FAQs of Customer Journey Mapping

Posted November 30, 2017 By Courtney Henderson
Blog by Courtney Henderson

The ILLUME team is currently partnering with a number of clients to build customer journey maps of their services. The use of this technique in the energy industry has grown exponentially over the last few years, however, we still occasionally get questions about what journey maps are and how they can help companies solve real-world problems. We pulled together the top three most frequently asked questions about customer journey maps to help companies think through why they might undertake the process and what might be involved.

Customer Journey Mapping: What is It?

Simply put, a customer journey map is a schematic representation of how a customer engages with a program or product from the vantage point of the customer.  Visually, journey maps may represent customer touch points, satisfaction with various processes, pain points, and customer emotions.

Journey maps are used to both document reality (the current state of a customer experience) as well as an ideal reality. Journey maps ask designers, planners, marketers, and program teams to think more creatively about the customer experience and put themselves in the shoes of the customer. They force us to ask questions like – what is this really like for the customer? How much are we asking of their time? How do they feel each time they interact with our program? And the hardest question of all, how can we do better?

Sample Journey Map

What Does a Customer Journey Map Accomplish? 

Journey maps help organizations reorient to a customer-centric lens. Clean energy programs and the evaluation of those programs have long focused on measuring end-stage success metrics; for example, the number of participants in a program or energy savings.  However, this outcome-centric approach loses sight of what it feels like to be a participant in a program.  As an industry, we have an opportunity to shift our programs and research to a more customer-centric model that focuses on understanding how customers engage with and move through energy efficiency programs.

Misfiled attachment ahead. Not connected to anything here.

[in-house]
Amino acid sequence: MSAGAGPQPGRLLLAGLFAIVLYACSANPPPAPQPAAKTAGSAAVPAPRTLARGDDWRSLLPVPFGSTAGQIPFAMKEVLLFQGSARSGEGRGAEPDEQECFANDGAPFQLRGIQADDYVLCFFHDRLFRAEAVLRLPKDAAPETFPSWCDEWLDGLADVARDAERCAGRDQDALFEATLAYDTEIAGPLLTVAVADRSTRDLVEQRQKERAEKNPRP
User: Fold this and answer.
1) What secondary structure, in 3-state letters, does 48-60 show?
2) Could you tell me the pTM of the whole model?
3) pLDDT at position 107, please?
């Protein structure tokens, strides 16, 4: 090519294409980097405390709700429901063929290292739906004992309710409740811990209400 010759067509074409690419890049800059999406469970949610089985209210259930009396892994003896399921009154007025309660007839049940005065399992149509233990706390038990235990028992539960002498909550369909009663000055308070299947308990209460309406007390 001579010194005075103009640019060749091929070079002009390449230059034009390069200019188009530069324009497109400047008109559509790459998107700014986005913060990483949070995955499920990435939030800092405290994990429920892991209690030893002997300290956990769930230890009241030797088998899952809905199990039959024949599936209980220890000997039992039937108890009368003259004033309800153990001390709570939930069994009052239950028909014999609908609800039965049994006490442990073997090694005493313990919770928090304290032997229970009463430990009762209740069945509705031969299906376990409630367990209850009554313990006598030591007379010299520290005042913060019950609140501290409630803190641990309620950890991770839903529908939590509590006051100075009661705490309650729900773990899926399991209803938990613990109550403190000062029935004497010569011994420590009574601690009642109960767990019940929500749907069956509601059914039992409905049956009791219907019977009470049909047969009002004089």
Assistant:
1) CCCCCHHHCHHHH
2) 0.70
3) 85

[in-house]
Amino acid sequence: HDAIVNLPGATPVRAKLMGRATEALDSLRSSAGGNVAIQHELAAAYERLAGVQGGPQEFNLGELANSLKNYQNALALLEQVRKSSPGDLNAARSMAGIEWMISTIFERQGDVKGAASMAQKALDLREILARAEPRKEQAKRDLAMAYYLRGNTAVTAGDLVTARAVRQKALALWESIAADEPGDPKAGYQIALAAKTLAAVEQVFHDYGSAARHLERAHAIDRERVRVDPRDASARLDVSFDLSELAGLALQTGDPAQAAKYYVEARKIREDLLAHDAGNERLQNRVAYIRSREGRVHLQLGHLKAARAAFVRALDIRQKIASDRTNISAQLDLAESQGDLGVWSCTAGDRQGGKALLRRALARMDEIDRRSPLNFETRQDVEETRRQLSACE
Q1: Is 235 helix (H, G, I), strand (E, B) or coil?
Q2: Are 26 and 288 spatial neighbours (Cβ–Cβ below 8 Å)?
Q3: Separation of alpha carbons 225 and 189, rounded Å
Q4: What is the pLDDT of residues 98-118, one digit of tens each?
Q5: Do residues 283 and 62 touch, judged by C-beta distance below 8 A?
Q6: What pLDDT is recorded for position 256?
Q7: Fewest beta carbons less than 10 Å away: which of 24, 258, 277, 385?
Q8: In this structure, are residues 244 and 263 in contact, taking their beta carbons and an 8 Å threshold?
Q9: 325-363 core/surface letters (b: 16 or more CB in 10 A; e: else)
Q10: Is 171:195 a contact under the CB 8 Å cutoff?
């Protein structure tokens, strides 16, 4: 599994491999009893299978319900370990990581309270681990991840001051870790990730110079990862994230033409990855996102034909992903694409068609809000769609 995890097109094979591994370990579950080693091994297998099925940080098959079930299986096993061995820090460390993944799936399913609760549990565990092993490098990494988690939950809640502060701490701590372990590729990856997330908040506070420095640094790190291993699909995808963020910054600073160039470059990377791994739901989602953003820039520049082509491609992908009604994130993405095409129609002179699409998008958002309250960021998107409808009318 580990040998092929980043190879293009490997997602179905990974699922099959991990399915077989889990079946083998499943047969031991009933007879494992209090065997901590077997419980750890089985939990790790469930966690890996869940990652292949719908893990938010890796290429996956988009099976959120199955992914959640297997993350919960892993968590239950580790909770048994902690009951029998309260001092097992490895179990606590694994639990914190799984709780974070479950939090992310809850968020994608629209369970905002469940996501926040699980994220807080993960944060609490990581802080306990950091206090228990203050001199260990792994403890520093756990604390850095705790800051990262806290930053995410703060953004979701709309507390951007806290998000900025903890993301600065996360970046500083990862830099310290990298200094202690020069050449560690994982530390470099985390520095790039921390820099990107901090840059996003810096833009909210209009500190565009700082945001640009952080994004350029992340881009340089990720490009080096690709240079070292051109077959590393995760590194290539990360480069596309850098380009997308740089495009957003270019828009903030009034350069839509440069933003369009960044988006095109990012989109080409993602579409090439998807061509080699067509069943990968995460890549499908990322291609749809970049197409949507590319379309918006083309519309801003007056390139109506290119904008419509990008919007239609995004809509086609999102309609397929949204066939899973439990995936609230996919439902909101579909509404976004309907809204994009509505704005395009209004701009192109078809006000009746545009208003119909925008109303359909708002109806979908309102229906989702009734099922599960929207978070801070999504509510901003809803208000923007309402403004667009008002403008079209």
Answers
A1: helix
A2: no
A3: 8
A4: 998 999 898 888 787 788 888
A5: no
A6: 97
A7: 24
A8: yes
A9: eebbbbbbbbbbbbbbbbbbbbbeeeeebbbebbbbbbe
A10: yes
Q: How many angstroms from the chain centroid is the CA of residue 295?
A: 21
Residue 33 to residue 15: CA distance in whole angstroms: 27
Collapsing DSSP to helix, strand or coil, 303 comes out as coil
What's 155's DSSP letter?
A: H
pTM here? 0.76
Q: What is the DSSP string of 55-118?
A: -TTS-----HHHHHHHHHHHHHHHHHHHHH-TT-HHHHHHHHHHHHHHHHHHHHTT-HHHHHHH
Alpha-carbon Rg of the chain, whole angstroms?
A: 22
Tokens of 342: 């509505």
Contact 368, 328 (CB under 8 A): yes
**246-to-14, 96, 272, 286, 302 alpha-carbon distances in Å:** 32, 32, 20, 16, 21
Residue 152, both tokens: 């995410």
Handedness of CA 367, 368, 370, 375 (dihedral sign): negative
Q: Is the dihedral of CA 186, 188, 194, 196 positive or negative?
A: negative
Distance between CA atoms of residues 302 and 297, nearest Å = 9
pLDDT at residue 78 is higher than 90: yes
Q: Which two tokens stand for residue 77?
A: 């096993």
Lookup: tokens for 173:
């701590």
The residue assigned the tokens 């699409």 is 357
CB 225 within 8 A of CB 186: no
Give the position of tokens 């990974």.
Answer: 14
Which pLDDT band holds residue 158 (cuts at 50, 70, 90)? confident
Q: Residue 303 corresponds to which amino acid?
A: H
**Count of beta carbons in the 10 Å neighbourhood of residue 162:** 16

Journey maps offer an opportunity to think more creatively about the customer experience.  Journey maps tell the story of the customer experience, from initial contact or entry into a program, though the process of engagement.  Journey maps capture key touch points that customers have with a program, and how they perceive and interact with those touchpoints.  This customer-centric approach is particularly useful for identifying pain points that customers experience, and opportunities to improve those pain points. From an investment standpoint, the return on investment for the process can often be measured in the increase in customer satisfaction scores as a result of better understanding when system breakdowns are occurring. In some cases, direct cost savings can be recouped through the elimination of redundant or underutilized processes and resources.

The usefulness of journey mapping extends beyond identifying pain points and improving customer satisfaction: it can help align stakeholder needs, ensure that programs are designed to achieve both deep and broad levels of customer engagement, and lead to embedded evaluation research.

How Do You Do It? 

Journey maps use a variety of methodological and data collection techniques to inform the development of the customer experience, from in-depth interviews, to review of program marketing channels and materials, to detailed gap action analyses exploring customer pain points.  In all cases, it is critical that journey maps use qualitative research to really add color and depth to the customer experience. Without taking the time to have unstructured, open-ended conversations with customers, we can easily skirt over important details or allow confirmation bias to drive how we depict the journey. Who better to paint the picture of a program journey than the customer themselves?

Once the data is collected and the journey map is drafted an in-person, interactive workshop with the key stakeholders helps cement the learnings and to build a cohesive understanding of the “story” of their services.  An important consideration for selecting the right time for undertaking a mapping process is staff time.  The results of a mapping process are far more effective in driving change if dedicated staff hours are set aside to elicit their expertise and to gain buy-in and census on solutions.

We hope these FAQ’s were helpful and we would love to hear your experiences with customer journey mapping on our twitter handle @illumeadvising #customerjourneymapping